Novel porous fluorapatite scaffolds for bone tissue regeneration

Sujee Jeyapalina, PhD

Research Associate Professor,

Division of Plastic Surgery, Department of Surgery

University of Utah

Friday, November 11th at 11:45 am

In-Person in SMBB 2650!

Bone grafts are used in various clinical settings to aid bone repair and regeneration. In recent years, the United States and other countries worldwide have experienced an increasingly high demand for functional bone grafts. The current clinical gold standard is an autograft, which is harvested during reconstructive surgery. However, autograft donor sites are limited in the amount of tissue available, and secondary surgical sites are usually required. While allografts harvested from cadaveric sources eliminate the need for secondary surgical sites and have the advantage of being osteoconductive, they are associated with the risk of host rejection and accelerated graft resorption. The downsides of autograft and allograft bone techniques have impelled the development of bioengineered graft materials. As part of this quest, we developed fluorapatite (FA)-based bone scaffolds. Our in vivo data showed that, in 12 weeks, the pores within the fluorapatite scaffolds became wholly filled with viable new bone tissue, demonstrating the efficacy of these scaffolds in regenerating bone tissues. We continue to develop this novel material for clinical applications as a viable alternative to autograft. For this, we are creating an antimicrobial, “autograft-like” bone scaffold to repair critical-size defects by infiltrating the FA scaffold with stromal vascular fraction cells as an osteogenic cell source and co-synthesizing other known antimicrobial apatites with FAs.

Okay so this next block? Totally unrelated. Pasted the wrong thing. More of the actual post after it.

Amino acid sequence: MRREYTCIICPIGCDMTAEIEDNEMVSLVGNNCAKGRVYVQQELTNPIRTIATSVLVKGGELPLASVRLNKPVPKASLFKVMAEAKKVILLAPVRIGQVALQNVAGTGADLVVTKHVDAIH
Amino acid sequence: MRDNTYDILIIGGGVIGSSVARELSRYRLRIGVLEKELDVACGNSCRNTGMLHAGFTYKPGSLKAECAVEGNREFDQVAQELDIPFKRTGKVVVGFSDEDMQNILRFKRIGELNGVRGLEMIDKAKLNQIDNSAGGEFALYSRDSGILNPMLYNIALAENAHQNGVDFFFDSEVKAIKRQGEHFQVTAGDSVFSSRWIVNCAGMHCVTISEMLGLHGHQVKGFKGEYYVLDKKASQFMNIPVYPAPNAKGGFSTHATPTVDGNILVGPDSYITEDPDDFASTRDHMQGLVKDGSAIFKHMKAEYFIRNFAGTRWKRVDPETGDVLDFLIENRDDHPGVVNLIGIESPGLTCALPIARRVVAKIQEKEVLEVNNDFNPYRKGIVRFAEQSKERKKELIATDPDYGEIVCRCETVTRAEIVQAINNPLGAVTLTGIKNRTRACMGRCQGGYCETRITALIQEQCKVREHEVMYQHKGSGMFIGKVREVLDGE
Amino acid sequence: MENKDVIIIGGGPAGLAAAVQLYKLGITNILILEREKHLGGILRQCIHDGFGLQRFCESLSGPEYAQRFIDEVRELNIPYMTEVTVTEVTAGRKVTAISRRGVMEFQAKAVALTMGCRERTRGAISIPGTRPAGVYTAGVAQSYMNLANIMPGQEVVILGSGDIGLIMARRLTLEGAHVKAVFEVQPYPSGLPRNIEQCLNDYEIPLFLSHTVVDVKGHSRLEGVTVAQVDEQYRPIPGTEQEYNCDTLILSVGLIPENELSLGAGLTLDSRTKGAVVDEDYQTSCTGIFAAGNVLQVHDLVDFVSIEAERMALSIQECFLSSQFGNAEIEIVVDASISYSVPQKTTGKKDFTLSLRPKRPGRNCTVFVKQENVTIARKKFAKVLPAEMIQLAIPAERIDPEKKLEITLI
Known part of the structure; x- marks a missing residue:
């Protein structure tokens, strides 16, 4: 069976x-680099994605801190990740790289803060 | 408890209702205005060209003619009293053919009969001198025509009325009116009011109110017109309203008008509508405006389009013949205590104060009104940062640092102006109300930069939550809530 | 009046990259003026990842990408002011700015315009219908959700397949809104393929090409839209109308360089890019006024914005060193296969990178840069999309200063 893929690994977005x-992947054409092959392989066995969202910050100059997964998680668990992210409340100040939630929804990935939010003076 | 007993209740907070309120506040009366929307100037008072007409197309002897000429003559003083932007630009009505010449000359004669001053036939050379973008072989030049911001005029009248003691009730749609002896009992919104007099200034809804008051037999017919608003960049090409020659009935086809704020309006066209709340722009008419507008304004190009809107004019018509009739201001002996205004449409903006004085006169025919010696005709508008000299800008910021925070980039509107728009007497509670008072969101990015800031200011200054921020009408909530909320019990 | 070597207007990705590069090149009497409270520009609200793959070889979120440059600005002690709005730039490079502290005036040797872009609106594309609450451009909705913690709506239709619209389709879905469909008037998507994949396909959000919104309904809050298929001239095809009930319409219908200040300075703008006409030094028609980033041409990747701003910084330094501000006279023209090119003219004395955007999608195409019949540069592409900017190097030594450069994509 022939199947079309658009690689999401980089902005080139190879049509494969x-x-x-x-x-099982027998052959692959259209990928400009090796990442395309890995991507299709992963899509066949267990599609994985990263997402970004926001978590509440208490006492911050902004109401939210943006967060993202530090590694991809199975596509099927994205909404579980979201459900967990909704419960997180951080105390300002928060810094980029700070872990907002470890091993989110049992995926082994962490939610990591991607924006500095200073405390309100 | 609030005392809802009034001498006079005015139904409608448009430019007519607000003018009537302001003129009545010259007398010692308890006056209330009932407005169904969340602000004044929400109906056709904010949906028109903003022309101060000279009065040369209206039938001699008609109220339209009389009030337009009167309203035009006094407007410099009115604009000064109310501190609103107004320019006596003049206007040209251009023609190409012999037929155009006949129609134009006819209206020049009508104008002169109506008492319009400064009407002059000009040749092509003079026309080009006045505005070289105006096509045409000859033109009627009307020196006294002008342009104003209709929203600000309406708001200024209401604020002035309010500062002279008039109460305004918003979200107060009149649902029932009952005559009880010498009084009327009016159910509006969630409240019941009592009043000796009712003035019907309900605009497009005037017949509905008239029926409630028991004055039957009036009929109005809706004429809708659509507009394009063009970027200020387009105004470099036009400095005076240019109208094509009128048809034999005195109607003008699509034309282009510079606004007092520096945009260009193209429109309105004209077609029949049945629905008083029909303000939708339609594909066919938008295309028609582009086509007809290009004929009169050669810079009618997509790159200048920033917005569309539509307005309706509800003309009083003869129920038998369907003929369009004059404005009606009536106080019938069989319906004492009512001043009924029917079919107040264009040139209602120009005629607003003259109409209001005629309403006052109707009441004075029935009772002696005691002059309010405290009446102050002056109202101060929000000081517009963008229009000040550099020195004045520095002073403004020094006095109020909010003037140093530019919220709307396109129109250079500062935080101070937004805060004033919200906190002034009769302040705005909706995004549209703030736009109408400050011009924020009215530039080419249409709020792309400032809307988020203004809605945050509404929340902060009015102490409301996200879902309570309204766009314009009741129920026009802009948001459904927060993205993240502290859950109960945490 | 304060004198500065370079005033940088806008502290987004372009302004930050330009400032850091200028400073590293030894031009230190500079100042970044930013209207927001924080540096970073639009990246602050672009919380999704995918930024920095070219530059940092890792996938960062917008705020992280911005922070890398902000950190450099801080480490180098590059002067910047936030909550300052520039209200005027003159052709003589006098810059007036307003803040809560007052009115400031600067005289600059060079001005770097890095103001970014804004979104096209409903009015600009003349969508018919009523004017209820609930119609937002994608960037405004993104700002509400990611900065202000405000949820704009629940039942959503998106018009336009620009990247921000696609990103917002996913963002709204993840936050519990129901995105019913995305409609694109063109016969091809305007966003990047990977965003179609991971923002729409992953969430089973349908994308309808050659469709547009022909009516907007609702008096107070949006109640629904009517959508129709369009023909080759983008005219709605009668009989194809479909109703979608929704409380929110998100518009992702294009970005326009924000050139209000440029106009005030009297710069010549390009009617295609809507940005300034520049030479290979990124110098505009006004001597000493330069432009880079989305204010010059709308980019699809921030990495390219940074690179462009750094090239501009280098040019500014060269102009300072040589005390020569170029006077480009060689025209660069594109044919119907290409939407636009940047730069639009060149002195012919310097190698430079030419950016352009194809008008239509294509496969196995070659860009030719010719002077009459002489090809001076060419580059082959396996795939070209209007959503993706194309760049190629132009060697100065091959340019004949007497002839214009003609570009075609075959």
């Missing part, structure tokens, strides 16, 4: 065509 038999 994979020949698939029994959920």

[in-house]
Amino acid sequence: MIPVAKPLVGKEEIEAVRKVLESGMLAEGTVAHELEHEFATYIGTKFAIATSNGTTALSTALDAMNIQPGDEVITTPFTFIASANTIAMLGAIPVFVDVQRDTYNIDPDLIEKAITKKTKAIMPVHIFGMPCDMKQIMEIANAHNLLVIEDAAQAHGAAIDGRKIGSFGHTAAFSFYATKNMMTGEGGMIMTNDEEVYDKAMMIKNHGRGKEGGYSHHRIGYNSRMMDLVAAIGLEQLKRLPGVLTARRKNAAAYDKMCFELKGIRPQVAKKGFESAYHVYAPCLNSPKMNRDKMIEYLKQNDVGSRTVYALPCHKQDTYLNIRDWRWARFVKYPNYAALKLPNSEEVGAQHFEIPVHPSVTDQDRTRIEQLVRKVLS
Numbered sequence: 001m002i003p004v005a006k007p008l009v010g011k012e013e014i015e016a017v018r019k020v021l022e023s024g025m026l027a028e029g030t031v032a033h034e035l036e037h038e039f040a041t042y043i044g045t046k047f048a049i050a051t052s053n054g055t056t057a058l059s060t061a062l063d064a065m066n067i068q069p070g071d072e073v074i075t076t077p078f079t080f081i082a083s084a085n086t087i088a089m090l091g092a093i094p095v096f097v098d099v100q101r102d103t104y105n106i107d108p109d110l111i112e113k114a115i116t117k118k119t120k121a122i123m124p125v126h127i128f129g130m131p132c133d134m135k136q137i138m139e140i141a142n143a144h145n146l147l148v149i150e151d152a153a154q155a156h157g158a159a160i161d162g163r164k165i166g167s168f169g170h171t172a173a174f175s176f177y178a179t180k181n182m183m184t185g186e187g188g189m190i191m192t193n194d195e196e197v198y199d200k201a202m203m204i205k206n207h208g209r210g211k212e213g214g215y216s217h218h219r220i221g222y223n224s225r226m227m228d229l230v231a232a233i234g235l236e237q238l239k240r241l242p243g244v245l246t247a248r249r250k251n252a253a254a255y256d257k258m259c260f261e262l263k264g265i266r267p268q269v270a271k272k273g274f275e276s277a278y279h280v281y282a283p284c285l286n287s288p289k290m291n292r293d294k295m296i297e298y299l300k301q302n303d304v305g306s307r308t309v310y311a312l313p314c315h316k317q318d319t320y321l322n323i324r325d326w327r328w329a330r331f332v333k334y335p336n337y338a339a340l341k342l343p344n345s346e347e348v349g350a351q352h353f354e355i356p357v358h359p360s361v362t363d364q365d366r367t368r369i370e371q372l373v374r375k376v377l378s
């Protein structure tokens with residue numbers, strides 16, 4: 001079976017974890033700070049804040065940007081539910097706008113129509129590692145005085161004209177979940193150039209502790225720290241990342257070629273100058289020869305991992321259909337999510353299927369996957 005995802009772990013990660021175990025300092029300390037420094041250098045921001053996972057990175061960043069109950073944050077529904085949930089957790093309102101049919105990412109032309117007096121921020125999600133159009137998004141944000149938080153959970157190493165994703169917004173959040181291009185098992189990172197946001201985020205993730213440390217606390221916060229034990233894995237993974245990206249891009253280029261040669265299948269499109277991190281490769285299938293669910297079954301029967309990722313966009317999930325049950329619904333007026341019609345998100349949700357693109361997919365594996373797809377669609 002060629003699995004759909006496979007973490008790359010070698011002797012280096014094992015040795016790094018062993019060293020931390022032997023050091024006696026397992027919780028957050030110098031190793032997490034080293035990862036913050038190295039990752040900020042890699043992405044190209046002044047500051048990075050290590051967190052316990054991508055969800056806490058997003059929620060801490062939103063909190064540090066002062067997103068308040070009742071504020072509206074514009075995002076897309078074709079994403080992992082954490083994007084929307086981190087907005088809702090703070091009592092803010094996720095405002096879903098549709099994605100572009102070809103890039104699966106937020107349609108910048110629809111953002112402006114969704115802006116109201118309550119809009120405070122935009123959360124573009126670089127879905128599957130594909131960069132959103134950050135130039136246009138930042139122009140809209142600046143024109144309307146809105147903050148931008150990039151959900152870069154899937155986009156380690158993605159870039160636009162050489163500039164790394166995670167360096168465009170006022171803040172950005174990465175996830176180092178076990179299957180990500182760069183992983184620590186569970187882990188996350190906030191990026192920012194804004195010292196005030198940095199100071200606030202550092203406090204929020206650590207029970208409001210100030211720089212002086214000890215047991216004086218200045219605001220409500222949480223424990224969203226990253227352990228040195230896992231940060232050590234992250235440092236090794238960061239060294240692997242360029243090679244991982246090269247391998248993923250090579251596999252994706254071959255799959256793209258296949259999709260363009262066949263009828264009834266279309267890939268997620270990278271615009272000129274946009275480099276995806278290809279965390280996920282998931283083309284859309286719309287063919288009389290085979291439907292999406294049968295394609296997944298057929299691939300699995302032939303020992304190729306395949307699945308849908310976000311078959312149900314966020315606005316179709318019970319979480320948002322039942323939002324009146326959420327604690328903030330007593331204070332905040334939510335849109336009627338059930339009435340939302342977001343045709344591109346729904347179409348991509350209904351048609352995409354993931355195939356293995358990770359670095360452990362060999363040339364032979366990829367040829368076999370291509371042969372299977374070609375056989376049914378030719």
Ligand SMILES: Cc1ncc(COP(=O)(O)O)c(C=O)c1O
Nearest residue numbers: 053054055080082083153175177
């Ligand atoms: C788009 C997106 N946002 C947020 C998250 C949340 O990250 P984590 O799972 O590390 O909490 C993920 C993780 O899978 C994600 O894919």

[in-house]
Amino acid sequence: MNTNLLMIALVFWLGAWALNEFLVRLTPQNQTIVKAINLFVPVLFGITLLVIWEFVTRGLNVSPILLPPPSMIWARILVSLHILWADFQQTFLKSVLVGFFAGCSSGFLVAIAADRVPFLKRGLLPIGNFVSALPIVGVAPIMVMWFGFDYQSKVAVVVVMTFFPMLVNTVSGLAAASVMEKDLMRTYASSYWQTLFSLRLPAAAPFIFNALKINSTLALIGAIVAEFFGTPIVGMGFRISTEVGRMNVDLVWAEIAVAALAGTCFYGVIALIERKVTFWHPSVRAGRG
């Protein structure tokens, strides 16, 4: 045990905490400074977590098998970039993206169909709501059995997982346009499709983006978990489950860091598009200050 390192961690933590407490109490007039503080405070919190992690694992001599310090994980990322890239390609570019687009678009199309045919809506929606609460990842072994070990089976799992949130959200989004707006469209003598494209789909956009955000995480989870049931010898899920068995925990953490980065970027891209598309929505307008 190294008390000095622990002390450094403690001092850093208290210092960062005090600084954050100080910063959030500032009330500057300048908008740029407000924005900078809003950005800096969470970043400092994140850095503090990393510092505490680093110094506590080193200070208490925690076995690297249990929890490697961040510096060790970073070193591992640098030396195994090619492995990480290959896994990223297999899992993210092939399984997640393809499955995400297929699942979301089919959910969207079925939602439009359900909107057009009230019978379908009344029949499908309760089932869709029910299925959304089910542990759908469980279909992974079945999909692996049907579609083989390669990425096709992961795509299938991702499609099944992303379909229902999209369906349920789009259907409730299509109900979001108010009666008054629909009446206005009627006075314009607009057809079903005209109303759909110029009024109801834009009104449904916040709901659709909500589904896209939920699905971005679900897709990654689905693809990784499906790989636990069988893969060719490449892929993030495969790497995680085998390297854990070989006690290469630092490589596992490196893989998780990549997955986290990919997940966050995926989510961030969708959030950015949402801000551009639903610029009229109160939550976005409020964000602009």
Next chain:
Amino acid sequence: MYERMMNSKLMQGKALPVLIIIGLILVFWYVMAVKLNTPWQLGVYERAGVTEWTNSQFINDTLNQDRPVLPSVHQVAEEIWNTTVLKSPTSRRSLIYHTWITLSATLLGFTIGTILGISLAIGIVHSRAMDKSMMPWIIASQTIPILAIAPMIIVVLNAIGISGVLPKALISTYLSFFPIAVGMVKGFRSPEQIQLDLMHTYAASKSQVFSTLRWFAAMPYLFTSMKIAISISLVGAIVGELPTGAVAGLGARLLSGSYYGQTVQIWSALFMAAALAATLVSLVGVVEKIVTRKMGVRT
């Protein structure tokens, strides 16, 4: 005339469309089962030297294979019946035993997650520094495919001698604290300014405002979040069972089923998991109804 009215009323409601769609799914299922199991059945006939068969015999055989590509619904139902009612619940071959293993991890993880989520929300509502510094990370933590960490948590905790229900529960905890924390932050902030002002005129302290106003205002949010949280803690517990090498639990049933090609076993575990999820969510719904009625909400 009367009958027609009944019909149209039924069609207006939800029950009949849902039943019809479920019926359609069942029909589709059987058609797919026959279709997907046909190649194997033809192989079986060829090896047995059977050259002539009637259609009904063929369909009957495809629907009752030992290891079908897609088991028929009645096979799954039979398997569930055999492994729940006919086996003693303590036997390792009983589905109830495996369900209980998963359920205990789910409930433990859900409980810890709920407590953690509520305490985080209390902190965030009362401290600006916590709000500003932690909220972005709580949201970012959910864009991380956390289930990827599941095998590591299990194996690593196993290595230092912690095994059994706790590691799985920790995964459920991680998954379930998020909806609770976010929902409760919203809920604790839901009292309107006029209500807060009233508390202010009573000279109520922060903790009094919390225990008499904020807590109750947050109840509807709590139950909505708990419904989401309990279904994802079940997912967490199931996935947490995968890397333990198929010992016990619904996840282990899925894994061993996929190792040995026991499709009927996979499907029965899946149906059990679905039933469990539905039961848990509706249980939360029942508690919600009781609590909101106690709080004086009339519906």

Sujee Jeyapalina is an Associate Research Professor in the Division of Plastic Surgery and Research Science at the Department of Veterans Affairs Salt Lake City Hospital. She holds a Bachelor of Science in Chemistry and a Master of Science in Chemical Research from King’s College, University of London. She obtained her Doctoral degree in Chemistry from the University of Leicester. She worked as a post-doctoral researcher at the National University of Singapore and the University of Loughborough between 2005-2008. After that, she joined the University of Utah’s osseointegration team in 2008. For the past 14 years, she has been relentlessly working with this team to bring a safer osseointegrated prosthesis design concept to an FDA-approved clinical trial. She also has developed many animal models for studying the skin-implant and bone-implant interfaces. Now, she is leading her independent research on biomaterial-tissue interfaces with an emphasis on mechanistic pathways. She has more than 30 publications in this area and over 15 issued or pending patents. Her research interests include percutaneous osseointegrated prosthetics, breast implant infections, bone replacement biomaterial development, biomimetic coating, nano-scale and micro-scale surfaces, COVID-19, medical device designs, novel antimicrobial development, and clinical translation.

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